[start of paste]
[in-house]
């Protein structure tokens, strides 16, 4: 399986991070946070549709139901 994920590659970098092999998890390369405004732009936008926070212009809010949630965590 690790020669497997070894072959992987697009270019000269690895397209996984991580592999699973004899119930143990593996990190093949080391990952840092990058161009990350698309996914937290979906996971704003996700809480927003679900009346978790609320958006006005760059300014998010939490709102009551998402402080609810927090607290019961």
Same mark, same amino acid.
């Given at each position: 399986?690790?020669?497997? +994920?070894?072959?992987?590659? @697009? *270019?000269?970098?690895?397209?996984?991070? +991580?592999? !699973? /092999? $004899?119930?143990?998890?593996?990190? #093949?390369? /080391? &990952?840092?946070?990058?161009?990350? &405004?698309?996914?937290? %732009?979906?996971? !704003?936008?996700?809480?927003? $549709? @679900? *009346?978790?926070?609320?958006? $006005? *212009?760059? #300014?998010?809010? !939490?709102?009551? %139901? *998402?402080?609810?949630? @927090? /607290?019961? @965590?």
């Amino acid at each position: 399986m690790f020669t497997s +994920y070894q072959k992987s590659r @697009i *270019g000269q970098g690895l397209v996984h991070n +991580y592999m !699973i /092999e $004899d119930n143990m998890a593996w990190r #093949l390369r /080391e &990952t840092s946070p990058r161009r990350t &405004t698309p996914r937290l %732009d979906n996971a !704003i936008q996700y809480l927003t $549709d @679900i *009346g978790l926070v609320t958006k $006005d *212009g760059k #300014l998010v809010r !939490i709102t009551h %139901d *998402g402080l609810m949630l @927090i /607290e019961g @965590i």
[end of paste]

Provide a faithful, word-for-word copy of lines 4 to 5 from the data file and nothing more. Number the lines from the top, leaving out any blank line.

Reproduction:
């Given at each position: 399986?690790?020669?497997? +994920?070894?072959?992987?590659? @697009? *270019?000269?970098?690895?397209?996984?991070? +991580?592999? !699973? /092999? $004899?119930?143990?998890?593996?990190? #093949?390369? /080391? &990952?840092?946070?990058?161009?990350? &405004?698309?996914?937290? %732009?979906?996971? !704003?936008?996700?809480?927003? $549709? @679900? *009346?978790?926070?609320?958006? $006005? *212009?760059? #300014?998010?809010? !939490?709102?009551? %139901? *998402?402080?609810?949630? @927090? /607290?019961? @965590?």
């Amino acid at each position: 399986m690790f020669t497997s +994920y070894q072959k992987s590659r @697009i *270019g000269q970098g690895l397209v996984h991070n +991580y592999m !699973i /092999e $004899d119930n143990m998890a593996w990190r #093949l390369r /080391e &990952t840092s946070p990058r161009r990350t &405004t698309p996914r937290l %732009d979906n996971a !704003i936008q996700y809480l927003t $549709d @679900i *009346g978790l926070v609320t958006k $006005d *212009g760059k #300014l998010v809010r !939490i709102t009551h %139901d *998402g402080l609810m949630l @927090i /607290e019961g @965590i």